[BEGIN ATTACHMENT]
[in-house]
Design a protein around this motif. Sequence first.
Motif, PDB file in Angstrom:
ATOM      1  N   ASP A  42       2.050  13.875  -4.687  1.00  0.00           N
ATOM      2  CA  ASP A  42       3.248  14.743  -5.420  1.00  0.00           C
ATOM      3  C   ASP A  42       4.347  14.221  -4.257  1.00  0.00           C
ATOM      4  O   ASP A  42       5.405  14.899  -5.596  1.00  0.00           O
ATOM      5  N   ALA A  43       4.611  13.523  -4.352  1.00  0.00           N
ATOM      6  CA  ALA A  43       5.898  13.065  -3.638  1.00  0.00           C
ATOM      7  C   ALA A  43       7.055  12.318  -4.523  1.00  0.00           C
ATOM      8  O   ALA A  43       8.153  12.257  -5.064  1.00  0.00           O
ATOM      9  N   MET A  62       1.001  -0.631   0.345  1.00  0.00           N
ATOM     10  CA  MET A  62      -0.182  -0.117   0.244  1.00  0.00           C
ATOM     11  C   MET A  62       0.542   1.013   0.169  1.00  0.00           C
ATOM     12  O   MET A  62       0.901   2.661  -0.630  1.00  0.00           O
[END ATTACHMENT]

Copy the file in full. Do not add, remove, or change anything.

[in-house]
Design a protein around this motif. Sequence first.
Motif, PDB file in Angstrom:
ATOM      1  N   ASP A  42       2.050  13.875  -4.687  1.00  0.00           N
ATOM      2  CA  ASP A  42       3.248  14.743  -5.420  1.00  0.00           C
ATOM      3  C   ASP A  42       4.347  14.221  -4.257  1.00  0.00           C
ATOM      4  O   ASP A  42       5.405  14.899  -5.596  1.00  0.00           O
ATOM      5  N   ALA A  43       4.611  13.523  -4.352  1.00  0.00           N
ATOM      6  CA  ALA A  43       5.898  13.065  -3.638  1.00  0.00           C
ATOM      7  C   ALA A  43       7.055  12.318  -4.523  1.00  0.00           C
ATOM      8  O   ALA A  43       8.153  12.257  -5.064  1.00  0.00           O
ATOM      9  N   MET A  62       1.001  -0.631   0.345  1.00  0.00           N
ATOM     10  CA  MET A  62      -0.182  -0.117   0.244  1.00  0.00           C
ATOM     11  C   MET A  62       0.542   1.013   0.169  1.00  0.00           C
ATOM     12  O   MET A  62       0.901   2.661  -0.630  1.00  0.00           O